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Aromas, culture and sorting out what we taste

Beer flavor wheelClass will be in session next week when Mike Steinberger launches a three-part series on sensory perception and wine at Slate, the online magazine.

Steinberger warms up with a discussion of why wine writers use the descriptions they do.

What does this have to do with beer? The wine flavor wheel and the beer flavor wheel (click on the image to enlarge) are different, but the fact is that flavors are flavors and aromas are aromas.

The parallels are not perfect. Steinberger talks about the evolution of how the wine writers describe wines, but I’ve never see a similar history of beer tasting notes. But when he documents that there are scientific explanations – that is, fermentation byproducts that can be measured – for flavors and aromas he could just as well be talking about beer.

That’s why I’m looking forward to the series.

Reading his story sent me rifling through notes taken while reading Emperor of Scent.

The book relates mostly to the perfume industry, though there’s plenty about the disagreement (and politics) within the academic community about how we smell. You realize that Luca Turin, the protagonist, doesn’t perceive aromas like you and I. Just as different people perceive beer differently.

Early on Turin says, “You know perhaps the edge I have in turning smell into language is that for me smell has always had an utterly solid reality that, to my utter astonishment, it doesn’t seem to have for other people. Every perfume I’ve ever smelled has been like a movie, sound and vision …”

He also says, “France is a country that understands that, much as in music an orchestra is not just violins, the range of smells that makes life interesting includes some rather severe ones.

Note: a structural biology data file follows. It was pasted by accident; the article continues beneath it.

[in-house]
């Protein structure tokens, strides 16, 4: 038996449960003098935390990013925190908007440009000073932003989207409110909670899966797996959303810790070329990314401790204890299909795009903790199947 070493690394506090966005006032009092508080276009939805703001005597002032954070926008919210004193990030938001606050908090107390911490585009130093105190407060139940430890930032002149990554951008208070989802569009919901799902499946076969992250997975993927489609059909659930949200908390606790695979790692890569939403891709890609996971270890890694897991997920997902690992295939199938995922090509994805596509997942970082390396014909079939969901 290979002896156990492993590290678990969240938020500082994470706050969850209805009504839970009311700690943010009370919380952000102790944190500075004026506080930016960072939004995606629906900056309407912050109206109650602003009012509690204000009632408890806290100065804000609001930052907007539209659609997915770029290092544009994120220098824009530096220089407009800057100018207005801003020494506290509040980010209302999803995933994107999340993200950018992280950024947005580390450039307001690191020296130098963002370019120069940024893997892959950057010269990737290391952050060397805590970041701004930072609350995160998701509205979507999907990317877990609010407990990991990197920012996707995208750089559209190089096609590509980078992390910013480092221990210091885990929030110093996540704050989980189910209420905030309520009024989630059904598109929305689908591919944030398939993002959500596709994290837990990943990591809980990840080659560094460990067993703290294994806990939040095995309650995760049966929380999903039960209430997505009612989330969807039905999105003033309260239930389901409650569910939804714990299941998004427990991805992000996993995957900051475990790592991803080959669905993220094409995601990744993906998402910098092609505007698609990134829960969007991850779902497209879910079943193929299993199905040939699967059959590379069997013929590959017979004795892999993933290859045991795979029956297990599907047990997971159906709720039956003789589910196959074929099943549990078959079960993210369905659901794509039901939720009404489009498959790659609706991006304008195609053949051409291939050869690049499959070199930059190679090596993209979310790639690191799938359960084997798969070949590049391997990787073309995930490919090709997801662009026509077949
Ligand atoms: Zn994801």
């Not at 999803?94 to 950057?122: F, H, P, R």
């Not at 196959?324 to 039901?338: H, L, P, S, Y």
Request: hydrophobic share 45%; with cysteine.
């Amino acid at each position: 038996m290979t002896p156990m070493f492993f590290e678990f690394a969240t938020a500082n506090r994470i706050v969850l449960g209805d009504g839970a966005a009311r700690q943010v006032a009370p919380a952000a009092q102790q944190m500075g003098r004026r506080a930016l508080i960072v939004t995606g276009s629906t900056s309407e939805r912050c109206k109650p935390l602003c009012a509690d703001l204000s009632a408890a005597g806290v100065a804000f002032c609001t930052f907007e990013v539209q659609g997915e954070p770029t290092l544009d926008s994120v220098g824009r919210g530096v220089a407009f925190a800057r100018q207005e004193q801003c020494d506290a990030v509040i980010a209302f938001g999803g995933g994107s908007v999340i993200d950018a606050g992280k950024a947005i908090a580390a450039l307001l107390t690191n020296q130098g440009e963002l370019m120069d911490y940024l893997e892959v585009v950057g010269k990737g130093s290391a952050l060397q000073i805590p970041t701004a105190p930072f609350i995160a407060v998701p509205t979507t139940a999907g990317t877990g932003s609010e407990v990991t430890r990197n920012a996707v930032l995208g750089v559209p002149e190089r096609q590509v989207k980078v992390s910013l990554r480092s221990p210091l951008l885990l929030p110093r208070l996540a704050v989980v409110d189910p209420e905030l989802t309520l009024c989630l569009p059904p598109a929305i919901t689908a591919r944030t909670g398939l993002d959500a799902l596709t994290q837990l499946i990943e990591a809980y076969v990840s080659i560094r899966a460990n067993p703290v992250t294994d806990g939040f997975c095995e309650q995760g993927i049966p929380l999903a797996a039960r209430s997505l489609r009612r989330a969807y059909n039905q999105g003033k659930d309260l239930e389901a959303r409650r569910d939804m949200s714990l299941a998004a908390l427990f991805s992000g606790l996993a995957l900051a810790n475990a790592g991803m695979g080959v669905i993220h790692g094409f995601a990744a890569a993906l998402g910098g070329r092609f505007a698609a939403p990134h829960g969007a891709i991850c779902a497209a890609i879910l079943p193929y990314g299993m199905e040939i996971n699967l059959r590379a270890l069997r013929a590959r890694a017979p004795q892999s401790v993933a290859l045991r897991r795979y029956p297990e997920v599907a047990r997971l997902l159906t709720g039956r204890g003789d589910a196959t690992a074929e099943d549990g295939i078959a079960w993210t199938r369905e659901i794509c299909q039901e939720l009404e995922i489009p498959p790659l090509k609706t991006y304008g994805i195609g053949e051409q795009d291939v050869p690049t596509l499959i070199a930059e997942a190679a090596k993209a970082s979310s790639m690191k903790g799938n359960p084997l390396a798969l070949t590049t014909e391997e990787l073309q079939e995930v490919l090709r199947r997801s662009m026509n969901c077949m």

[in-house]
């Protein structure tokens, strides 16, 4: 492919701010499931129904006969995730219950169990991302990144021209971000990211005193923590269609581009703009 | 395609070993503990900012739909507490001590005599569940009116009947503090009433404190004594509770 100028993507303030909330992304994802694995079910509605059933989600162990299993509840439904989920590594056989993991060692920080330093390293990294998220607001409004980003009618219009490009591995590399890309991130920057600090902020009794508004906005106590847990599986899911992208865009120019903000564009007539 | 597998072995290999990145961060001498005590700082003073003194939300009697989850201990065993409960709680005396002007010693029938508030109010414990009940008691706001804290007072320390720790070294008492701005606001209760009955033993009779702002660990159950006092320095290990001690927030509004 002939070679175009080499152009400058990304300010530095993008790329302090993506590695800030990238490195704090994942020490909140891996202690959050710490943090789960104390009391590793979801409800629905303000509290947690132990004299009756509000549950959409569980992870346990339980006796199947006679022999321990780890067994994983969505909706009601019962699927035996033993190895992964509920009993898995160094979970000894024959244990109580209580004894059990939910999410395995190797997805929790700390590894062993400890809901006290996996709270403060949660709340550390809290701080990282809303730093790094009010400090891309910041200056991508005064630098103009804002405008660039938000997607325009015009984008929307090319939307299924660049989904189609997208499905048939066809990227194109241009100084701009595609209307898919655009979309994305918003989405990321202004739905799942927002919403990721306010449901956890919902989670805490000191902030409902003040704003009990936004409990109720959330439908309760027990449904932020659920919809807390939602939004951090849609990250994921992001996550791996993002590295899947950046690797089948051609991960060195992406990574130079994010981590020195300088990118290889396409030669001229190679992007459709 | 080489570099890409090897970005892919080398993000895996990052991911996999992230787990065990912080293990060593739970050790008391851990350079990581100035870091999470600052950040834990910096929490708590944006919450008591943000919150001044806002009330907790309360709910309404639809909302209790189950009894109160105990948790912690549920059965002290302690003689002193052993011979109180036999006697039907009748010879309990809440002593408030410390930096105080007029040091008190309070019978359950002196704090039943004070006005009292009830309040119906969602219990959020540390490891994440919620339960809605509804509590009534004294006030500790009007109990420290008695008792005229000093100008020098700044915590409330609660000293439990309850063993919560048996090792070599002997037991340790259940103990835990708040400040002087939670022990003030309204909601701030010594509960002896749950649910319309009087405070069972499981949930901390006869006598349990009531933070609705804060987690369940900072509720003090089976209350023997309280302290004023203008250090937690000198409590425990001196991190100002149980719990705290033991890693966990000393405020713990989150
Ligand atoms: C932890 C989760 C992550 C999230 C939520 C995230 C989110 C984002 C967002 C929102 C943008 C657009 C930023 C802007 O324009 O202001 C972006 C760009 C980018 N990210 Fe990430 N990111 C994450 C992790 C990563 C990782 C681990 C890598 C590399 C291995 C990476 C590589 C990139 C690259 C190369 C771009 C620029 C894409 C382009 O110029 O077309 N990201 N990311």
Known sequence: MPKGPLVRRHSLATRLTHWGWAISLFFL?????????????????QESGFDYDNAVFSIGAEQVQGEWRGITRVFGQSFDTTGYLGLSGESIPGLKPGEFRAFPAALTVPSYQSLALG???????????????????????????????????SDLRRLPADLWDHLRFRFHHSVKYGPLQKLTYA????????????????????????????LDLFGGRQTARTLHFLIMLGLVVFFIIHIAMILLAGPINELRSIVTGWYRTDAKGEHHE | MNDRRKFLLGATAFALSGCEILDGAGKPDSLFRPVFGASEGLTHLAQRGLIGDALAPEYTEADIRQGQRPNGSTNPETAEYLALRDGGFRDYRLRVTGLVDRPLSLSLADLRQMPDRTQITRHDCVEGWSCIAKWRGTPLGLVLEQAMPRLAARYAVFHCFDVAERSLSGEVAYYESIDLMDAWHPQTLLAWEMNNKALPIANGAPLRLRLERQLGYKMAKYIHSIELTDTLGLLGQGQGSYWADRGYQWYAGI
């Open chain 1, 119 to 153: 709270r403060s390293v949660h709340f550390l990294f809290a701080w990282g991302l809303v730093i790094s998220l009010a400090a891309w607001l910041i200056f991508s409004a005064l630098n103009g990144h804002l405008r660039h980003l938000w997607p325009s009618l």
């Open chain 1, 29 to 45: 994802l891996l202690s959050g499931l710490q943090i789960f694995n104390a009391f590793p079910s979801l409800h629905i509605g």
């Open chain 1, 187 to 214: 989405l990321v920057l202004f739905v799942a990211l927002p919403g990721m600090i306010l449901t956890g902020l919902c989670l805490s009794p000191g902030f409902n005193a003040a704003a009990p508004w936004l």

“Your taste and smell is part biology and part culture…. When they smell (rotten cheese) Americans think, ‘Good God!‘ The Japanese think, ‘I must now commit suicide.’ The French think, ‘Where’s the bread?'”

As the parent of a 10-year-old American who has developed an affection for stinky (and not cheap) cheese I can tell you that is changing.

Updated June 21: Steinberger so far has examined the age-old stoner’s question: Do you taste what I taste? Then whether or not he’s a “supertaster.” And tomorrow, he’ll explore whether being a supertaster helps you evaluate wine. Some good stuff (good read it), but I’m waiting for all three parts comment. Since I’m off to the National Homebrewers Conference in Denver it will be the beginning of next week before I can.

3 Responses to Aromas, culture and sorting out what we taste

  1. Jonathan June 17, 2007 at 1:13 pm #

    It’s interesting to me that the majority of the “wheel” is comprised of what most people would view as negative smells/tastes. Not that the negatives shouldn’t be there, but that the positives should be highlighted more. I would think that something like “fruity” would be broken down a little more into different kinds of fruit.

  2. Stan Hieronymus June 18, 2007 at 7:25 am #

    Jonathan – Morten Meilgaard introduced the Flavor Wheel in the 1970s. It was developed to identify (and thus avoiding) off flavors – so that’s why can be only a starting place when discussing beer flavors.

    We’ve learned a lot about sensory perception since then.

    Additionally, think of the hop varieties that have been developed since the ’70s, and the need to talk about the citrus and piney flavors (as well as peach, mango, etc.) they add.

  3. Jonathan June 25, 2007 at 2:13 pm #

    Oooh! Thanks for the PDF. It’s definitely more clear when teed up as a framework for identifying off-flavors.

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